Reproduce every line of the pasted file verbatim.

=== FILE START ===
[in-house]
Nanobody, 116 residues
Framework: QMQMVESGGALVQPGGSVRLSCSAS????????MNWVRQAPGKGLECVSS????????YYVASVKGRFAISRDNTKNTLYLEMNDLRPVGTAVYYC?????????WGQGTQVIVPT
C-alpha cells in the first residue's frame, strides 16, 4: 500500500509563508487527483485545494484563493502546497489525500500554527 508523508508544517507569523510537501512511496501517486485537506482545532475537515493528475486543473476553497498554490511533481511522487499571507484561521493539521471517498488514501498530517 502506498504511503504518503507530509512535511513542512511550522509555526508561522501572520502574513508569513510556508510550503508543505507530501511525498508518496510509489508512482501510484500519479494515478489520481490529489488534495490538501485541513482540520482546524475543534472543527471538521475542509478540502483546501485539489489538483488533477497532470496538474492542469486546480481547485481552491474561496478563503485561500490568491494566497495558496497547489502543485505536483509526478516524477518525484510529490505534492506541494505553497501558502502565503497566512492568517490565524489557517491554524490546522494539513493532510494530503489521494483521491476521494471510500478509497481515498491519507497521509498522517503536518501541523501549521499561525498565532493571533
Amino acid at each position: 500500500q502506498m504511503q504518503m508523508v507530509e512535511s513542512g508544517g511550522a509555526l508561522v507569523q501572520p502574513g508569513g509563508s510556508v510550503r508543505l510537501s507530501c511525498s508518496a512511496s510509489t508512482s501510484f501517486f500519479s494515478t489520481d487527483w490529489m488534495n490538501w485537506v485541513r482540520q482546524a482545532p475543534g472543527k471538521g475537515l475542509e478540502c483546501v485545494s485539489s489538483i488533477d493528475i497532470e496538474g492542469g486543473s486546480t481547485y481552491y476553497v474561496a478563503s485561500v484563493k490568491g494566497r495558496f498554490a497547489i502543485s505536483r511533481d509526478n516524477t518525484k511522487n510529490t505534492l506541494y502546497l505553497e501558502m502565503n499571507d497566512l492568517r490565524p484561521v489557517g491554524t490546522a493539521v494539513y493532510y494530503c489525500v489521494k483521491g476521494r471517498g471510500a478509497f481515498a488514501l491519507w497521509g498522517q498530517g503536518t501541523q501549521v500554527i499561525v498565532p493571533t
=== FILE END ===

[in-house]
Nanobody, 116 residues
Framework: QMQMVESGGALVQPGGSVRLSCSAS????????MNWVRQAPGKGLECVSS????????YYVASVKGRFAISRDNTKNTLYLEMNDLRPVGTAVYYC?????????WGQGTQVIVPT
C-alpha cells in the first residue's frame, strides 16, 4: 500500500509563508487527483485545494484563493502546497489525500500554527 508523508508544517507569523510537501512511496501517486485537506482545532475537515493528475486543473476553497498554490511533481511522487499571507484561521493539521471517498488514501498530517 502506498504511503504518503507530509512535511513542512511550522509555526508561522501572520502574513508569513510556508510550503508543505507530501511525498508518496510509489508512482501510484500519479494515478489520481490529489488534495490538501485541513482540520482546524475543534472543527471538521475542509478540502483546501485539489489538483488533477497532470496538474492542469486546480481547485481552491474561496478563503485561500490568491494566497495558496497547489502543485505536483509526478516524477518525484510529490505534492506541494505553497501558502502565503497566512492568517490565524489557517491554524490546522494539513493532510494530503489521494483521491476521494471510500478509497481515498491519507497521509498522517503536518501541523501549521499561525498565532493571533
Amino acid at each position: 500500500q502506498m504511503q504518503m508523508v507530509e512535511s513542512g508544517g511550522a509555526l508561522v507569523q501572520p502574513g508569513g509563508s510556508v510550503r508543505l510537501s507530501c511525498s508518496a512511496s510509489t508512482s501510484f501517486f500519479s494515478t489520481d487527483w490529489m488534495n490538501w485537506v485541513r482540520q482546524a482545532p475543534g472543527k471538521g475537515l475542509e478540502c483546501v485545494s485539489s489538483i488533477d493528475i497532470e496538474g492542469g486543473s486546480t481547485y481552491y476553497v474561496a478563503s485561500v484563493k490568491g494566497r495558496f498554490a497547489i502543485s505536483r511533481d509526478n516524477t518525484k511522487n510529490t505534492l506541494y502546497l505553497e501558502m502565503n499571507d497566512l492568517r490565524p484561521v489557517g491554524t490546522a493539521v494539513y493532510y494530503c489525500v489521494k483521491g476521494r471517498g471510500a478509497f481515498a488514501l491519507w497521509g498522517q498530517g503536518t501541523q501549521v500554527i499561525v498565532p493571533t